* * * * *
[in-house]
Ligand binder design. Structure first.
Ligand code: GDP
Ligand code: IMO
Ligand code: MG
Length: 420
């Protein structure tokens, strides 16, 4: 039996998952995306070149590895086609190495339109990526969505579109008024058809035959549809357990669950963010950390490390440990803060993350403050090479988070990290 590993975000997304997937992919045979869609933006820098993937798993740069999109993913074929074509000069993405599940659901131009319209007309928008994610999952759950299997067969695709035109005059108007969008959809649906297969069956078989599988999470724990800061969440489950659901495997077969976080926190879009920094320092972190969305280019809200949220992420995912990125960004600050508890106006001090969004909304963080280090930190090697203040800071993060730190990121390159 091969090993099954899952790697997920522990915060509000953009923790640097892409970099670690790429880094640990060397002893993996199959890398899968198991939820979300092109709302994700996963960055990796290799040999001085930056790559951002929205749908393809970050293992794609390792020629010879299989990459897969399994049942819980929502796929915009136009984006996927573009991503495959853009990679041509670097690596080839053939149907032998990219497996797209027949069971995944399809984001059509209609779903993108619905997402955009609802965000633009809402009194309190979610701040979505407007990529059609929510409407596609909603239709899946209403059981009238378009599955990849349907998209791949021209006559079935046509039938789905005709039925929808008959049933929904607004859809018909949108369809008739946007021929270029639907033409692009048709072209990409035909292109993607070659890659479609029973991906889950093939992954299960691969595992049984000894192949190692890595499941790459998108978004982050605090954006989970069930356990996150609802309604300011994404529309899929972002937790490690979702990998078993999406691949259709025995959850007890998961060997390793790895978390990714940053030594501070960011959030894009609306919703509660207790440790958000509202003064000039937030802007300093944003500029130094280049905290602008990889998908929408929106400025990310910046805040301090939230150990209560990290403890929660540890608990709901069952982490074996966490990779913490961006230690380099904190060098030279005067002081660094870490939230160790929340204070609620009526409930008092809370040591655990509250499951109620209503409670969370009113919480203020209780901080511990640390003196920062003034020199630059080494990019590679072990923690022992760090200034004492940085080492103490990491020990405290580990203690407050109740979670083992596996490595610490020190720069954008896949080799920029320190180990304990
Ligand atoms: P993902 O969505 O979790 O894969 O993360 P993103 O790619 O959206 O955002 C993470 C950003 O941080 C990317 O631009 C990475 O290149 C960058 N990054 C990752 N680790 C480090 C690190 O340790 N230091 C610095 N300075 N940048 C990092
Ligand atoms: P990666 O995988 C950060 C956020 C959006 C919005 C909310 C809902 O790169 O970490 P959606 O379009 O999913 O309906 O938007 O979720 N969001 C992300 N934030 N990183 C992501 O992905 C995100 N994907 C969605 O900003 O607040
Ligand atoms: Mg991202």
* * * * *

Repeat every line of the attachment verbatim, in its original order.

[in-house]
Ligand binder design. Structure first.
Ligand code: GDP
Ligand code: IMO
Ligand code: MG
Length: 420
């Protein structure tokens, strides 16, 4: 039996998952995306070149590895086609190495339109990526969505579109008024058809035959549809357990669950963010950390490390440990803060993350403050090479988070990290 590993975000997304997937992919045979869609933006820098993937798993740069999109993913074929074509000069993405599940659901131009319209007309928008994610999952759950299997067969695709035109005059108007969008959809649906297969069956078989599988999470724990800061969440489950659901495997077969976080926190879009920094320092972190969305280019809200949220992420995912990125960004600050508890106006001090969004909304963080280090930190090697203040800071993060730190990121390159 091969090993099954899952790697997920522990915060509000953009923790640097892409970099670690790429880094640990060397002893993996199959890398899968198991939820979300092109709302994700996963960055990796290799040999001085930056790559951002929205749908393809970050293992794609390792020629010879299989990459897969399994049942819980929502796929915009136009984006996927573009991503495959853009990679041509670097690596080839053939149907032998990219497996797209027949069971995944399809984001059509209609779903993108619905997402955009609802965000633009809402009194309190979610701040979505407007990529059609929510409407596609909603239709899946209403059981009238378009599955990849349907998209791949021209006559079935046509039938789905005709039925929808008959049933929904607004859809018909949108369809008739946007021929270029639907033409692009048709072209990409035909292109993607070659890659479609029973991906889950093939992954299960691969595992049984000894192949190692890595499941790459998108978004982050605090954006989970069930356990996150609802309604300011994404529309899929972002937790490690979702990998078993999406691949259709025995959850007890998961060997390793790895978390990714940053030594501070960011959030894009609306919703509660207790440790958000509202003064000039937030802007300093944003500029130094280049905290602008990889998908929408929106400025990310910046805040301090939230150990209560990290403890929660540890608990709901069952982490074996966490990779913490961006230690380099904190060098030279005067002081660094870490939230160790929340204070609620009526409930008092809370040591655990509250499951109620209503409670969370009113919480203020209780901080511990640390003196920062003034020199630059080494990019590679072990923690022992760090200034004492940085080492103490990491020990405290580990203690407050109740979670083992596996490595610490020190720069954008896949080799920029320190180990304990
Ligand atoms: P993902 O969505 O979790 O894969 O993360 P993103 O790619 O959206 O955002 C993470 C950003 O941080 C990317 O631009 C990475 O290149 C960058 N990054 C990752 N680790 C480090 C690190 O340790 N230091 C610095 N300075 N940048 C990092
Ligand atoms: P990666 O995988 C950060 C956020 C959006 C919005 C909310 C809902 O790169 O970490 P959606 O379009 O999913 O309906 O938007 O979720 N969001 C992300 N934030 N990183 C992501 O992905 C995100 N994907 C969605 O900003 O607040
Ligand atoms: Mg991202």